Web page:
Behind the Headlines: Can vitamins undo exercise effects?

Vitamin supplements can undo the beneficial effects of taking exercise, newspaper reports have suggested. By Lauren Trisk

Exercise usually leads to an increase in insulin sensitivity. This is thought to happen through a process mediated by reactive oxygen species (ROS), a type of free radical.

These particles have been linked to cell damage and ageing and it has been suggested that vitamins may react with them to reduce their effects.

Vitamins may be undoing the health benefits of exercise by blocking exercise-induced increases in insulin sensitivity, researchers suggested.

What is the research?
Findings are based on a study of 20 physically trained and 19 untrained young men. Half of each group were randomly assigned vitamin C and E supplementation. All participants then undertook four weeks of intensive training.

Measures of insulin sensitivity, including glucose infusion rate, were assessed at baseline and seven days after the final training session.

Exercise increased insulin sensitivity on these measures, but only in those who had not taken vitamins. This applied whether participants had previously trained or not.

Vitamin supplementation led to a two-fold increase in levels of thiobarbituric acid-reactive substances (TBARS), a marker of oxidative stress and ROS formation. There was no increase in TBARS levels for those taking vitamin supplements.

What do the researchers say?
Lead researcher, Dr Michael Ristow from the University of Jena, Germany, said the find-ings provided support for 'an essential role for exercise-induced ROS formation in promoting insulin sensitivity'.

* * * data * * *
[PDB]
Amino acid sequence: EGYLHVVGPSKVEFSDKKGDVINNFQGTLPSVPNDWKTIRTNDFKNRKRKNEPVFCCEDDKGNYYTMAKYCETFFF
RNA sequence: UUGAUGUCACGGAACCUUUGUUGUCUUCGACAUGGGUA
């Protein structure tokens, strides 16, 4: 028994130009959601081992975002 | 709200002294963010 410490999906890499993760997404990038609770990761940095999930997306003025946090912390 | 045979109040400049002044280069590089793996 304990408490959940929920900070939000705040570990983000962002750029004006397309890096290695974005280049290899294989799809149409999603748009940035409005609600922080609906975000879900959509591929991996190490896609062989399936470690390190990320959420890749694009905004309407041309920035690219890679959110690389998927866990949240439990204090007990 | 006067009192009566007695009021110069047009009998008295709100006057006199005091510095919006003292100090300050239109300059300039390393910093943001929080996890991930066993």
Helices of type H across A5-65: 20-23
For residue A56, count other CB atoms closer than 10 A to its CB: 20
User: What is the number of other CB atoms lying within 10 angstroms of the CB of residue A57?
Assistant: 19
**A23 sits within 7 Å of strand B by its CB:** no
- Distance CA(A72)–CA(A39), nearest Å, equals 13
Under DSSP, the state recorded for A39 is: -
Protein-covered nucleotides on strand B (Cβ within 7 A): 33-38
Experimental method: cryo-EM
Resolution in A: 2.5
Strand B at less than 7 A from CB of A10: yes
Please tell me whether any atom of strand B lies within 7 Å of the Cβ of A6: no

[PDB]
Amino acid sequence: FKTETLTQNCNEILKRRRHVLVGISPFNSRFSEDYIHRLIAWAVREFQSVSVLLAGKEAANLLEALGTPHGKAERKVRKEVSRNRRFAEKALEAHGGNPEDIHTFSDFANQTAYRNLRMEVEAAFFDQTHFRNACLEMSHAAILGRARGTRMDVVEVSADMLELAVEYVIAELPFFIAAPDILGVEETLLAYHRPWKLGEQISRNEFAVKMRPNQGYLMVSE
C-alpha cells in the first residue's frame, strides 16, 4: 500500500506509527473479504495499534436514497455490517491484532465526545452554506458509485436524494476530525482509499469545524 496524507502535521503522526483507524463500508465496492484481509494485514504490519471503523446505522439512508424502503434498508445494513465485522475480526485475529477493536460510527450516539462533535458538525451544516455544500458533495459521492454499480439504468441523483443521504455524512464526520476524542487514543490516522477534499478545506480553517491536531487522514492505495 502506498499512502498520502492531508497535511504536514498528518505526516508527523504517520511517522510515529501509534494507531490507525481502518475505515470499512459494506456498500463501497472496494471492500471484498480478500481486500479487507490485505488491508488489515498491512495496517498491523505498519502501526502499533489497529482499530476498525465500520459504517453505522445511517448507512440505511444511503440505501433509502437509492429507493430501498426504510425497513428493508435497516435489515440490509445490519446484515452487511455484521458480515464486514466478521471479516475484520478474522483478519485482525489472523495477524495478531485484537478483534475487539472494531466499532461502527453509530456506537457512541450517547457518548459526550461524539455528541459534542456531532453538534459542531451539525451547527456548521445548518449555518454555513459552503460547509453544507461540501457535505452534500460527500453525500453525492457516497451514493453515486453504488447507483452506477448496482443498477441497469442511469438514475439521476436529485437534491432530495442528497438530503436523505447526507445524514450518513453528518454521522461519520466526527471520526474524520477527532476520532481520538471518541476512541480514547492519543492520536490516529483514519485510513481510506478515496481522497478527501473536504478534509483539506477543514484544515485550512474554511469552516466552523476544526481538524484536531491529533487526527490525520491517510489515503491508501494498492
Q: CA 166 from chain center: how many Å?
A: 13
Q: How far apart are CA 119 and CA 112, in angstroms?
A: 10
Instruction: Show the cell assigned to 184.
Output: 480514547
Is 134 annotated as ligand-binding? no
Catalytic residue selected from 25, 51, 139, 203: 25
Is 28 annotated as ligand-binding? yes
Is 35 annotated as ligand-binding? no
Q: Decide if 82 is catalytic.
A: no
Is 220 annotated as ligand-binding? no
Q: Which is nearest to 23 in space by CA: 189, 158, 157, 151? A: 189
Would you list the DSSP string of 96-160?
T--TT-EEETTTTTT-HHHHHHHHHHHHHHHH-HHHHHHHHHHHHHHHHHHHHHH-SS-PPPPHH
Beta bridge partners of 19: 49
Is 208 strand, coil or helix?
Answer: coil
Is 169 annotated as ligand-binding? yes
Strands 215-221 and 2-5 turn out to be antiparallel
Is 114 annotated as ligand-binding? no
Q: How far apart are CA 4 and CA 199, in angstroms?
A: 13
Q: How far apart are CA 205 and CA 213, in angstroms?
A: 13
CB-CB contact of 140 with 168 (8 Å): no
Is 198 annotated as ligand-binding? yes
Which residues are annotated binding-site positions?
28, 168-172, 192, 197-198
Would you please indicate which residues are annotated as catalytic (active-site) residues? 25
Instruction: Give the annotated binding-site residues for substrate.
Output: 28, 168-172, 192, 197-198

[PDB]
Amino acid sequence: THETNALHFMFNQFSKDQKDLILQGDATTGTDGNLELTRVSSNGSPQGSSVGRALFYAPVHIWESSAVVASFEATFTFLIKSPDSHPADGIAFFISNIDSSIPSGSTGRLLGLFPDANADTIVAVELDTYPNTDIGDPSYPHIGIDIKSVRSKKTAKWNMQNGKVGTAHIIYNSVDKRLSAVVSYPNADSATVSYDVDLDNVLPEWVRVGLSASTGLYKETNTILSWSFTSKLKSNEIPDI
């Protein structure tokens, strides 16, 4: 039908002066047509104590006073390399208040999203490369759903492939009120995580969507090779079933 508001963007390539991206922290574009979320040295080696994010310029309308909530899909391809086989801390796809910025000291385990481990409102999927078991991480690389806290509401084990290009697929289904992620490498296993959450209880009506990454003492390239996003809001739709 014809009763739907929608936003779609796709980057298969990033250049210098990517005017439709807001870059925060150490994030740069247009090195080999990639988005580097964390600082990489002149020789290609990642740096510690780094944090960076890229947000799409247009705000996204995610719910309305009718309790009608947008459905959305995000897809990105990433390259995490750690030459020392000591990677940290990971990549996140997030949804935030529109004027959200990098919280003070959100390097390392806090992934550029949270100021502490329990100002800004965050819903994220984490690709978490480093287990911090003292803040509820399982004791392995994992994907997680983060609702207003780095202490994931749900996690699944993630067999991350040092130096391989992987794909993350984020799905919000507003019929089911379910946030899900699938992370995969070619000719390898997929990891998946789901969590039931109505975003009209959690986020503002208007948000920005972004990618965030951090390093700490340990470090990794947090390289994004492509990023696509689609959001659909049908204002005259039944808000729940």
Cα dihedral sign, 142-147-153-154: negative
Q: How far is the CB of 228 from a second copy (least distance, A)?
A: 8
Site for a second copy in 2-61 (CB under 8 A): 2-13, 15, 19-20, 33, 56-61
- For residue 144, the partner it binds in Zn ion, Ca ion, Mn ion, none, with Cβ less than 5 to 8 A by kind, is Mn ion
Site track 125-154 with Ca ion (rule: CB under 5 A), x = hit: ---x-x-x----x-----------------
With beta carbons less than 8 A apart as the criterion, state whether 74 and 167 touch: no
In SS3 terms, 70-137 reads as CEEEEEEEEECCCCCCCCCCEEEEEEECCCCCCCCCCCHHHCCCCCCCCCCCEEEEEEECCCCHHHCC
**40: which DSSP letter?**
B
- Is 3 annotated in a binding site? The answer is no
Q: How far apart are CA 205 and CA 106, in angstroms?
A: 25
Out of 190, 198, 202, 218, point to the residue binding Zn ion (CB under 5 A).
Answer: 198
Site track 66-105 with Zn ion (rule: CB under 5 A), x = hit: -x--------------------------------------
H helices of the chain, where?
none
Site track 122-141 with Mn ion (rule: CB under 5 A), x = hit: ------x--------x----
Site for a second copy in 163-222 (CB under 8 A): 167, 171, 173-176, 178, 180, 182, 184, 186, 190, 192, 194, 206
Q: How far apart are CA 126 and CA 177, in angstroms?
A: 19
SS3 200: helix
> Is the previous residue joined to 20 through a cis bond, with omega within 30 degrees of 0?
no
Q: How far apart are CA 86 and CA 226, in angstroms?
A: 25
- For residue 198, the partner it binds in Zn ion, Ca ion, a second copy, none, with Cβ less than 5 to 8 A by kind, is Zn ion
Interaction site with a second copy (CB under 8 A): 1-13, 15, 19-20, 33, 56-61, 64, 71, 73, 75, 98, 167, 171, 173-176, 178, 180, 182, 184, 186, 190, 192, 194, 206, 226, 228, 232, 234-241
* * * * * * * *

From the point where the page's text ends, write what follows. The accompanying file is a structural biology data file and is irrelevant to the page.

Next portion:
'Importantly, these changes in gene expression and the increase in insulin sensitivity following physical exercise are almost completely abrogated by daily ingestion of the commonly used antioxidants vitamin C and vitamin E,' he said.

What do other researchers say?

Claire Williamson, nutrition scientist at the British Nutrition Foundation said: 'Just because something is good for you, it does not mean that more of it is better.

'By following a healthy and varied diet, you generally get enough of the nutrients you need and don't run the risk of consuming high doses of vitamins that may be harmful.'

Informing patients

  • Vitamins may reduce an exercise-induced increase in insulin sensitivity.
  • Findings are from a study of men in intensive training, half of whom took vitamin supplements.
  • A healthy, varied diet should provide an adequate source of vitamins.

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